Don’t Trust the Patient to Assess the Doctor

Deciding which doctor to trust your health to is a ticklish business.

There’s the old adage that the descending order of what attracts patients is: availability, affordability, affability and finally ability – suggesting the consumer is not very discerning.

An idea reinforced by the quote from a not very emancipated-patient-friendly sounding cove, Dr. Peter Bernardo, president of the Oregon Medical Association.

Who is quoted in an article in The Lund Report (an article about people getting fired because Angie’s List had started reviewing doctors along with plumbers, handymen, mechanics etc.). Bernardo said “assessing the quality from a truly medical standpoint is usually beyond the scope of an individual’s patient knowledge and experience,”

But he is a surgeon.


Grist to the Mill


Another report adds grist to this mill however. A National Study of Patient Satisfaction, Health Care Utilization, Expenditures, and Mortality published in the Archives of Internal Medicine reported “higher overall health care and prescription drug expenditures, and increased mortality.”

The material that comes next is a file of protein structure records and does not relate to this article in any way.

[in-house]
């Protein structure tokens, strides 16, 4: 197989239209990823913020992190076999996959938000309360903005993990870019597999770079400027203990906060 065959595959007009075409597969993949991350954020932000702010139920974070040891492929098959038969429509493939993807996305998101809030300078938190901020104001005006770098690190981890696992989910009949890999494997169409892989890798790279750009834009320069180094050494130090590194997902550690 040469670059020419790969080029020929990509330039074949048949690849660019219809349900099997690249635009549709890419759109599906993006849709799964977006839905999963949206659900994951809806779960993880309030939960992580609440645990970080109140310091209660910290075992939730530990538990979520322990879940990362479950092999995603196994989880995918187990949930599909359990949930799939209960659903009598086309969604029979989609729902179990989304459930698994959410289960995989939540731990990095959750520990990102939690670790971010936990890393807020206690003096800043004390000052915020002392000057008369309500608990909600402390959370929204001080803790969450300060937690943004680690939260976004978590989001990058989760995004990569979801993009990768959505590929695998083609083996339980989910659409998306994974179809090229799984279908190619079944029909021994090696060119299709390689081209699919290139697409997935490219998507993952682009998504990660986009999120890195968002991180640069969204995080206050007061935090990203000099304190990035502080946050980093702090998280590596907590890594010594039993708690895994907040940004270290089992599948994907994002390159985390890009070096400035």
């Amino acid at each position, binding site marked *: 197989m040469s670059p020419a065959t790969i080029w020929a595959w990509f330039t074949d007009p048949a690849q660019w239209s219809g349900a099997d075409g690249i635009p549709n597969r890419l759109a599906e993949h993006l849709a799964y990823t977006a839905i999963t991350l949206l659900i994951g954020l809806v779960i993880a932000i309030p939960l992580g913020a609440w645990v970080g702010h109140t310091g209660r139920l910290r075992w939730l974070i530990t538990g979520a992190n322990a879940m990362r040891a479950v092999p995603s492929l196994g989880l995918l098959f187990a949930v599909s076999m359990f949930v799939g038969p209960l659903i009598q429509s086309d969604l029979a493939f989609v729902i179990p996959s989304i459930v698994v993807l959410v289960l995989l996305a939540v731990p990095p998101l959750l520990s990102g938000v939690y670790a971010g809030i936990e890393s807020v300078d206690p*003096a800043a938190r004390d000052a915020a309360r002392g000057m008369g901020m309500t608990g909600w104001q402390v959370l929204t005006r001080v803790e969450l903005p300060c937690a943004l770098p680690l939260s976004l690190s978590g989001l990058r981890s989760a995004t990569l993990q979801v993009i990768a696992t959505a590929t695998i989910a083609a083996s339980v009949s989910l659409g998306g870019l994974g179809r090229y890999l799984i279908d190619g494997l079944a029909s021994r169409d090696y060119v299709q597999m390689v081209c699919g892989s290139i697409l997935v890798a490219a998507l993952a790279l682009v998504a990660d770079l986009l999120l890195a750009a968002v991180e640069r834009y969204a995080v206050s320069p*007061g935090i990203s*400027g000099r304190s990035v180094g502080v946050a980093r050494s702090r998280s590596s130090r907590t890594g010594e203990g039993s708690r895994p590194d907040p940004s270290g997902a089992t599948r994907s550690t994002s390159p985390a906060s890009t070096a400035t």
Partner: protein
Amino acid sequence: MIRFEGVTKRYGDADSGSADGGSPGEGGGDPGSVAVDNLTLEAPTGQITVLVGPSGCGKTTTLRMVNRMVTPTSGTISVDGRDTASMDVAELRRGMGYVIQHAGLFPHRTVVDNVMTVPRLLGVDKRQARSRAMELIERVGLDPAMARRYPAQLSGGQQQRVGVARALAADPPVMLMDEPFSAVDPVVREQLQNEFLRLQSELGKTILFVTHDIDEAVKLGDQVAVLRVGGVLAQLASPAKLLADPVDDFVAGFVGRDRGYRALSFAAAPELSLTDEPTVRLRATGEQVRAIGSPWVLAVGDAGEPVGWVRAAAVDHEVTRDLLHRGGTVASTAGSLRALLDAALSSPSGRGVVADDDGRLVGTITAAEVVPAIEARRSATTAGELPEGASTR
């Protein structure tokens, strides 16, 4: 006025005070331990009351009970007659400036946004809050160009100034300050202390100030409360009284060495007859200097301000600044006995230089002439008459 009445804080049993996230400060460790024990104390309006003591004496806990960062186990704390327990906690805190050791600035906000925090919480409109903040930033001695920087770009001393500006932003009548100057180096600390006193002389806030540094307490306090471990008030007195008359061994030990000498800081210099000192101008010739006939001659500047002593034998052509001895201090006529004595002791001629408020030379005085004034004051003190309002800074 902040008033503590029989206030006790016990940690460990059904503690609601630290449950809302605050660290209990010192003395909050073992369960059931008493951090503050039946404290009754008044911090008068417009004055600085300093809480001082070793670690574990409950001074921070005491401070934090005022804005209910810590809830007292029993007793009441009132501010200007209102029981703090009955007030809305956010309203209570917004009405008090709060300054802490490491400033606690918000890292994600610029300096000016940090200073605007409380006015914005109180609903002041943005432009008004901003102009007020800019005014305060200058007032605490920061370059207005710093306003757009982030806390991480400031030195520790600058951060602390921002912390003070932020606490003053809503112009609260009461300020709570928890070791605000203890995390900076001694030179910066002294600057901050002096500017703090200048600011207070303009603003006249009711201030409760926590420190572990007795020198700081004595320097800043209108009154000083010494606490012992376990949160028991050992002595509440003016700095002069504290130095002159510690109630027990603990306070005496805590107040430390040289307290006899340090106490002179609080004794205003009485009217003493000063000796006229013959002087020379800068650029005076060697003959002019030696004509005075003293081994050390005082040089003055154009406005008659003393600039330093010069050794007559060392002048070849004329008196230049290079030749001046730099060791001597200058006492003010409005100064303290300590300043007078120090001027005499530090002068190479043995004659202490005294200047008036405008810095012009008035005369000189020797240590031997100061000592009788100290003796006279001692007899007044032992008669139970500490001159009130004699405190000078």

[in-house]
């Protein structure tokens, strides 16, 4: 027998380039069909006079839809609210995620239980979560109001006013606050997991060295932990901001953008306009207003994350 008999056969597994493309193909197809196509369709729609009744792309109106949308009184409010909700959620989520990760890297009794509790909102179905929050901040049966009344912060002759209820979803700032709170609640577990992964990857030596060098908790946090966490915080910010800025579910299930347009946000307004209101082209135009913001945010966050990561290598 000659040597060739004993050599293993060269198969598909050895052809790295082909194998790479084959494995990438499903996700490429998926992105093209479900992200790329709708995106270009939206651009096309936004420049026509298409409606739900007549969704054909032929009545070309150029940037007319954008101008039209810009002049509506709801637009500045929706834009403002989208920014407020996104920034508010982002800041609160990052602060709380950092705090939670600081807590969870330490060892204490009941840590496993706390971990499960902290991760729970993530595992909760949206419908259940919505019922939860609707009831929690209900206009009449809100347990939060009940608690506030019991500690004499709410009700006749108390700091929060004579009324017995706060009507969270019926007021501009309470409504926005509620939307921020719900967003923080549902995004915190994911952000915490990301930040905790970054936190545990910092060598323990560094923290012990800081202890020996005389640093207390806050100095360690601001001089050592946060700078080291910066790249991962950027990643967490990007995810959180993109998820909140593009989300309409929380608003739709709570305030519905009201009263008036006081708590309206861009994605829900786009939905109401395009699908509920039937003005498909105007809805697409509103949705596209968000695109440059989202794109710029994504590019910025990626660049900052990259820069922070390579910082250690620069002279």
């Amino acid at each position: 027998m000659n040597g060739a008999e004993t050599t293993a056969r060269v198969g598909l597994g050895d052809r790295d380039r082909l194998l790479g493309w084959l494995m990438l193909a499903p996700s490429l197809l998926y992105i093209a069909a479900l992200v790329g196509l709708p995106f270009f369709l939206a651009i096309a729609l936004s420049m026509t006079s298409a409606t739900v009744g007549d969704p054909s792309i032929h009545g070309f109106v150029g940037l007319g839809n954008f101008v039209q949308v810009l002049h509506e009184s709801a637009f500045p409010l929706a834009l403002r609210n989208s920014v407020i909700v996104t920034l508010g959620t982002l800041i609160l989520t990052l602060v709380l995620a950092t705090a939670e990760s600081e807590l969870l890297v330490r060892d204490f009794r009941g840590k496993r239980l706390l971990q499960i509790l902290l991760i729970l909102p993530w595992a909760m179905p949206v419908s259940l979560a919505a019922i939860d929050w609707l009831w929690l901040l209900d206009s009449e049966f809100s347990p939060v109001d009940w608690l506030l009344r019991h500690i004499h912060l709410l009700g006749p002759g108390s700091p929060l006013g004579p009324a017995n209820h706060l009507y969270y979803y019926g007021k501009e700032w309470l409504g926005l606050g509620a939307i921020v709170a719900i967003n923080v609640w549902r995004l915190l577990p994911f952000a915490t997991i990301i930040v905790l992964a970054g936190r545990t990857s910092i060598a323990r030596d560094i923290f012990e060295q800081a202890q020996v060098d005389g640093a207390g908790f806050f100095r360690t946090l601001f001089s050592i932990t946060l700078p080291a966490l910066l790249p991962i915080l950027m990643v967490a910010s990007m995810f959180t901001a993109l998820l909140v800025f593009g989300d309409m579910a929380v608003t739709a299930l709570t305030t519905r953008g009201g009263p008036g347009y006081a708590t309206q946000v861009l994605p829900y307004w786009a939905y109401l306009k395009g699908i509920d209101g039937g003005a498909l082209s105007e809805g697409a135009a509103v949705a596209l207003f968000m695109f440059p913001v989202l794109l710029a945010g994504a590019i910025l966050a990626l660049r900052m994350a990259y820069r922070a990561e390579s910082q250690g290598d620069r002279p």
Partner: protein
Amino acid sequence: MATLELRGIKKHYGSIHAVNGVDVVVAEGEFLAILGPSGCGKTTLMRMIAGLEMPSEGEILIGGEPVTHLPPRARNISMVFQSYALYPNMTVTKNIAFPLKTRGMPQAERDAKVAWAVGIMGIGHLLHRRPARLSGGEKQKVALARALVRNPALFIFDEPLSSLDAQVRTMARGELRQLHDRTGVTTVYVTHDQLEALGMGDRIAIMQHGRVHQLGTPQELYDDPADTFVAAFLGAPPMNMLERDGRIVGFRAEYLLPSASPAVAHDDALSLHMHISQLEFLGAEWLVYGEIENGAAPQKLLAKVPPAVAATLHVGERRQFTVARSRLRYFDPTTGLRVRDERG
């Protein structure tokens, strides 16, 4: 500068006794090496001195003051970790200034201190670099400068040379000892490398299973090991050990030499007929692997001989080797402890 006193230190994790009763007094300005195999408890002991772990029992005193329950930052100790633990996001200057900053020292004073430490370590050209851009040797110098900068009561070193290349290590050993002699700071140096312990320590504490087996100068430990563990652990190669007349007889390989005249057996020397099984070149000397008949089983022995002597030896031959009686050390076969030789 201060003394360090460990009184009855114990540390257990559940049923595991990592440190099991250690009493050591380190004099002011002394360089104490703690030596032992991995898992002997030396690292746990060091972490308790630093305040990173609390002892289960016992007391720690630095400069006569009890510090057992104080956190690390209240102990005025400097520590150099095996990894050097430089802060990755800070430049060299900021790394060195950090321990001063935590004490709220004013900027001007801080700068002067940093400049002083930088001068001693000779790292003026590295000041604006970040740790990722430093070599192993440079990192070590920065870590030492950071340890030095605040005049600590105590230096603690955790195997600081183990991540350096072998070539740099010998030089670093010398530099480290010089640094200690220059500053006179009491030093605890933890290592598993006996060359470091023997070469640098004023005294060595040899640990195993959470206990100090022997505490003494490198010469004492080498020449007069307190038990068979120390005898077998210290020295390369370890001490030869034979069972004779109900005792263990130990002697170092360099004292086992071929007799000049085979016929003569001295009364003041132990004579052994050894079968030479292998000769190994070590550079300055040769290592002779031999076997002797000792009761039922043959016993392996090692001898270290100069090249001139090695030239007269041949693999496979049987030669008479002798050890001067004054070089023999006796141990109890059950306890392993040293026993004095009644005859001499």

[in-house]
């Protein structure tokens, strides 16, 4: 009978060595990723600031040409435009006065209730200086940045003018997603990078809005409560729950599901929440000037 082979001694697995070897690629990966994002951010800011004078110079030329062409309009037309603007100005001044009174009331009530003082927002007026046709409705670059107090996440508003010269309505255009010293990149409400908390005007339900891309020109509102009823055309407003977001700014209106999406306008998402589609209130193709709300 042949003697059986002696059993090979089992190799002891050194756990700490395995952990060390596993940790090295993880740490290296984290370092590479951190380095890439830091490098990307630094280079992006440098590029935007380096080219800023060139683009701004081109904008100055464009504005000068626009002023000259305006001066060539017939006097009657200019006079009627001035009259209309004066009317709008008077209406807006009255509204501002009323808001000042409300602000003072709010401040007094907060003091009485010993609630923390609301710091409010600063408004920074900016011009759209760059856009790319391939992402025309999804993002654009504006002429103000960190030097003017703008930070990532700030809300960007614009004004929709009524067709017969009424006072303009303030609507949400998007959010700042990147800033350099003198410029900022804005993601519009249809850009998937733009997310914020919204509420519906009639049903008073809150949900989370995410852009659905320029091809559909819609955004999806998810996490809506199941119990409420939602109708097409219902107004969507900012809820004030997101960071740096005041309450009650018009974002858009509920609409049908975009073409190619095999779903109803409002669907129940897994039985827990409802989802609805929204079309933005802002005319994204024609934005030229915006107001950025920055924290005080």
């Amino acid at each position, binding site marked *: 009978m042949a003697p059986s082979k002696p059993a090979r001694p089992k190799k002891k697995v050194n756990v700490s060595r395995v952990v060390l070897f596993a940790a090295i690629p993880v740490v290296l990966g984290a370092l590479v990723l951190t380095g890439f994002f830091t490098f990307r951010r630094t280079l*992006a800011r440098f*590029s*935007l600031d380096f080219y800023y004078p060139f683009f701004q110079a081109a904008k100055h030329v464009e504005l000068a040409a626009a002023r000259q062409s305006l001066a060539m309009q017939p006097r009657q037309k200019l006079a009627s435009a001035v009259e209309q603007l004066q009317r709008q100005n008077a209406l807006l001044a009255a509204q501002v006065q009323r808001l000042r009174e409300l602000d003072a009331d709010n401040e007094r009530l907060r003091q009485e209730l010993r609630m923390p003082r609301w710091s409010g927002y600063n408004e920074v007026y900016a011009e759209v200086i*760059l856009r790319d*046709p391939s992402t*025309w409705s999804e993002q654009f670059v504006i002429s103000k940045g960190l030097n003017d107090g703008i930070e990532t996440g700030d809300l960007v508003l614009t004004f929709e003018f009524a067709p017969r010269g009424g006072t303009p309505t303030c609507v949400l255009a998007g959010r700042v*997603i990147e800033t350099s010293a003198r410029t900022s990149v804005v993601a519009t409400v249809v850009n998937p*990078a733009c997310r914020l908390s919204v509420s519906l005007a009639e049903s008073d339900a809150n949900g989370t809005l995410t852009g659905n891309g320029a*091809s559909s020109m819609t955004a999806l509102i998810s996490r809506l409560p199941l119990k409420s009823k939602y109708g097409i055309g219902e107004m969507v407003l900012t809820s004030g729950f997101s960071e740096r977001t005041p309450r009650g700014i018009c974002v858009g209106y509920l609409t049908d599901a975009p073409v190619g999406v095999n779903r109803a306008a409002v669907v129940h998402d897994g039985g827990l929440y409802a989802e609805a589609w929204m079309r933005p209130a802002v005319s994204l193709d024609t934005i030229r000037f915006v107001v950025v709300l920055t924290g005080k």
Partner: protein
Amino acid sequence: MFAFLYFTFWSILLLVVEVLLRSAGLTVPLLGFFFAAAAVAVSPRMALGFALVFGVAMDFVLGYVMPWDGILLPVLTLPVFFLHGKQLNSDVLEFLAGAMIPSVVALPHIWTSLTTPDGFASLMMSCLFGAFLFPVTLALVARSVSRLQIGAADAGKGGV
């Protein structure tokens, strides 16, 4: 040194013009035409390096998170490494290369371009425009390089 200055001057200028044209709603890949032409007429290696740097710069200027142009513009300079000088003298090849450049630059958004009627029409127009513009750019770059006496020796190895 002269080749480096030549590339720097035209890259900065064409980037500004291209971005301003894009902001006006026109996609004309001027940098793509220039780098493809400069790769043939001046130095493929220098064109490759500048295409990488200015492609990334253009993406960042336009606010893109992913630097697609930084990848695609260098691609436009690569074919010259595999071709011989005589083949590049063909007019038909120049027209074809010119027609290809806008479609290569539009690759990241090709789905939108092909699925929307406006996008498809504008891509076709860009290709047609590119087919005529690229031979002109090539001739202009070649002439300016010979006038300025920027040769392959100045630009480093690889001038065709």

This paper also, incidentally, reported that, in doctors receiving higher satisfaction scores, “patients often request discretionary services that are of little or no medical benefit, and physicians frequently accede.”

Give ‘em what they want and they’ll be satisfied with you, I guess is the message.

I devote a chapter in the book to “Getting the Right Doctor” as it is a crucial but delicate business – a relationship some liken to a marriage, but without any sex to make up the arguments (or at least hopefully not).

Bottom line is, this popularity of websites and the like who rate doctors according to patient satisfaction surveys, is likely not a very good way to judge who is a good doctor.




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